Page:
Turkey Stops the Supply of Oil not Under Russian Sanctions, Raising Global Supply Concerns
As a result of EU sanctions against Russia, Turkey’s newly-imposed insurance and G7 nation price cap regulations have created congestion in the Bosphorus Strait due to tanker delays transporting Kazakh oil.
Kazakhstan’s natural resources are transported to the global market through Russia, with officials able to verify their provenance through bill of lading records. The port city of Novorossiysk serves as a major hub for this activity and is helping fuel its growth on an international scale.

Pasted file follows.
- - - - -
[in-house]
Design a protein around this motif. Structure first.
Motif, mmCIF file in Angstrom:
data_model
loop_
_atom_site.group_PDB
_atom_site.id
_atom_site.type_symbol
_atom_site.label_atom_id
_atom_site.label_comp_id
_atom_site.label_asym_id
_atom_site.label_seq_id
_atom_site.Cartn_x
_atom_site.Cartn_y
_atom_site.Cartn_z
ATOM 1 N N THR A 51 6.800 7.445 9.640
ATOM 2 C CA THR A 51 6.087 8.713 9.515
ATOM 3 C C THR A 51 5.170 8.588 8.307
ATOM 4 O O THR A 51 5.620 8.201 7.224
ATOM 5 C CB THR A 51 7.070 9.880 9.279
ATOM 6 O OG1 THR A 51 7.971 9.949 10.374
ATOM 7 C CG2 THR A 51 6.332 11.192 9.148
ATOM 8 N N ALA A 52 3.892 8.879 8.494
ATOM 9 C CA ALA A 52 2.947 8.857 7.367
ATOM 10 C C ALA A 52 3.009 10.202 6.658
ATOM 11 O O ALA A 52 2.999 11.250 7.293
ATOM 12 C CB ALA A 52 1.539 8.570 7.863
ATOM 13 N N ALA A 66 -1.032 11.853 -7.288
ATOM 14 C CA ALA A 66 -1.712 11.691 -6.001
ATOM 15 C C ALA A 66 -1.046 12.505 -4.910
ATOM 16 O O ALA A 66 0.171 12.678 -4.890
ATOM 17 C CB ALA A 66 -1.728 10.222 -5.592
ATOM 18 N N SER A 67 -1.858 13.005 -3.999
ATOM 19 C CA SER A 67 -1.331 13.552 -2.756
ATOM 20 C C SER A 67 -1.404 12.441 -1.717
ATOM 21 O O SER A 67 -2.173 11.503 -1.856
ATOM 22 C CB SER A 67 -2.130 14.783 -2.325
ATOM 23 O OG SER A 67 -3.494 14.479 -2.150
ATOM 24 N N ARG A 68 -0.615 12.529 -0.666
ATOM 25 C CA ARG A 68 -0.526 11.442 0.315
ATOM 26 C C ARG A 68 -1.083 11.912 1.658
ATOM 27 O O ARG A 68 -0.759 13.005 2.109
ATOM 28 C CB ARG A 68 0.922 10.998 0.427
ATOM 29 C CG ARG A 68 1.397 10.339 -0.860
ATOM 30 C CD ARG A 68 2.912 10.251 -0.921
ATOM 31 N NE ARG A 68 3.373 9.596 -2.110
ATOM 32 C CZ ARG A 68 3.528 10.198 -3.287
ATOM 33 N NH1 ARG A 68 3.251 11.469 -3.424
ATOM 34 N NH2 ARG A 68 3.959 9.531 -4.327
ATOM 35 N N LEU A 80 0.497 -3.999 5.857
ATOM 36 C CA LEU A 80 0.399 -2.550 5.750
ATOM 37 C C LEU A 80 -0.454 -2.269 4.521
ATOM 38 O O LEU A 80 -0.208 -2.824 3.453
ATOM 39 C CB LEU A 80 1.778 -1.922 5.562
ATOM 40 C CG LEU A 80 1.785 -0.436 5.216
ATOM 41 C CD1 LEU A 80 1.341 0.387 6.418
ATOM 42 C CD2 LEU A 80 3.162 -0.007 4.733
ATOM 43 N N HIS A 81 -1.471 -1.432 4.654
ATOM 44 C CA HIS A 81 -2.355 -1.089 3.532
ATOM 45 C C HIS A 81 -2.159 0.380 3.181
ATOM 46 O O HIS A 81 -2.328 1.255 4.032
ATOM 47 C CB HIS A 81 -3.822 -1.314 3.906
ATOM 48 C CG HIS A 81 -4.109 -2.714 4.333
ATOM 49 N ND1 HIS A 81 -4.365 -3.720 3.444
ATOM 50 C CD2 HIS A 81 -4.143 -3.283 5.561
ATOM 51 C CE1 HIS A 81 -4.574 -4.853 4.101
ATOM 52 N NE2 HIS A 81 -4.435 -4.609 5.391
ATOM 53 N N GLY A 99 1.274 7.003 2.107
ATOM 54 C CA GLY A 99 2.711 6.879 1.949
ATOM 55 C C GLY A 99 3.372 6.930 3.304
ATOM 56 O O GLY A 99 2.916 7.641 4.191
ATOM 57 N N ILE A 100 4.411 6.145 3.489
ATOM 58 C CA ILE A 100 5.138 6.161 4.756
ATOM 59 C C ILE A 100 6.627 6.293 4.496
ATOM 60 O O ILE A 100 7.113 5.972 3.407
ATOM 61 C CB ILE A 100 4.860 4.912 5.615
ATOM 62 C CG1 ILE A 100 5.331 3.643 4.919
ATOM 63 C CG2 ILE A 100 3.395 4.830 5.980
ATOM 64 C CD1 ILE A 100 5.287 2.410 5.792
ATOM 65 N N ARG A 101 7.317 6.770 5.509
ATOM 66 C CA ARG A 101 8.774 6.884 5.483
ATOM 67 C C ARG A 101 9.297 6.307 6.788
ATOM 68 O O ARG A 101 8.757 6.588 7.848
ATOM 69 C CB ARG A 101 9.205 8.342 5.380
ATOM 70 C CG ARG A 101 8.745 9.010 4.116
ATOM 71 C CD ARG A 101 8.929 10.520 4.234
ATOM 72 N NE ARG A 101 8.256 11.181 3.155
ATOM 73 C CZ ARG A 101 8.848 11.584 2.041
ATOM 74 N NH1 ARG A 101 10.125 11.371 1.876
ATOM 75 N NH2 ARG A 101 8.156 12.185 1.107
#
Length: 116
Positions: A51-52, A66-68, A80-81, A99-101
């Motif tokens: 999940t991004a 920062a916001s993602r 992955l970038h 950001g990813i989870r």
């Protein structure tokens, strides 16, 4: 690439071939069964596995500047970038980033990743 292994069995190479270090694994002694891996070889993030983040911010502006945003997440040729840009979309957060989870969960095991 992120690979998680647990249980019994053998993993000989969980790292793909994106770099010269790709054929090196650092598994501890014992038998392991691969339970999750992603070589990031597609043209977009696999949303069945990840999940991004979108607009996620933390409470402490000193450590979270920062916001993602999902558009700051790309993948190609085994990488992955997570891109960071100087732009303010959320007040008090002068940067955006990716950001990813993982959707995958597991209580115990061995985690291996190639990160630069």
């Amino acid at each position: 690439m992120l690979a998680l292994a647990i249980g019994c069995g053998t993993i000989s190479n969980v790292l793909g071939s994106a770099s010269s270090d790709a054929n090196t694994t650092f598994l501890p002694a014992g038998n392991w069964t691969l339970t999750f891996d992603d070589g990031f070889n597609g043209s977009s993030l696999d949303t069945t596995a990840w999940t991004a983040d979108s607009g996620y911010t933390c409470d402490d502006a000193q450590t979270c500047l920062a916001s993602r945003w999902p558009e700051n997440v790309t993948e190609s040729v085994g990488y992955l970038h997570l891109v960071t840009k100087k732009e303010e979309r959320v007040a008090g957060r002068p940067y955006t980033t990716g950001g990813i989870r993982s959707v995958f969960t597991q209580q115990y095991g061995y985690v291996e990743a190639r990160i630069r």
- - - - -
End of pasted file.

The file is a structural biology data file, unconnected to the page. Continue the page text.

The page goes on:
Approximately $1.2 billion of oil remains stranded due to around 20 million barrels being contained within vessels unable to move.
The Turkish insurance industry has recently implemented stringent restrictions for tankers transporting Russian crude, resulting in a slowdown of traffic between Russia’s Black Sea ports and the Mediterranean. This policy shift has had significant implications on maritime trade since its introduction this week – marking an unprecedented move by Turkey’s insurers to regulate oil transportation activity.
Refiners are facing a major challenge as delays accumulate, potentially impacting the supply of gasoline and diesel. To counter this problem, companies may source crude oil from other nations or reduce operational capacity due to lack of availability – raising alarm bells for Andrew Lipow, President of Lipow Oil Associates.
Kazakh oil is a global commodity, with customers spanning from the Far East to Europe and all the way to America’s eastern seaboard.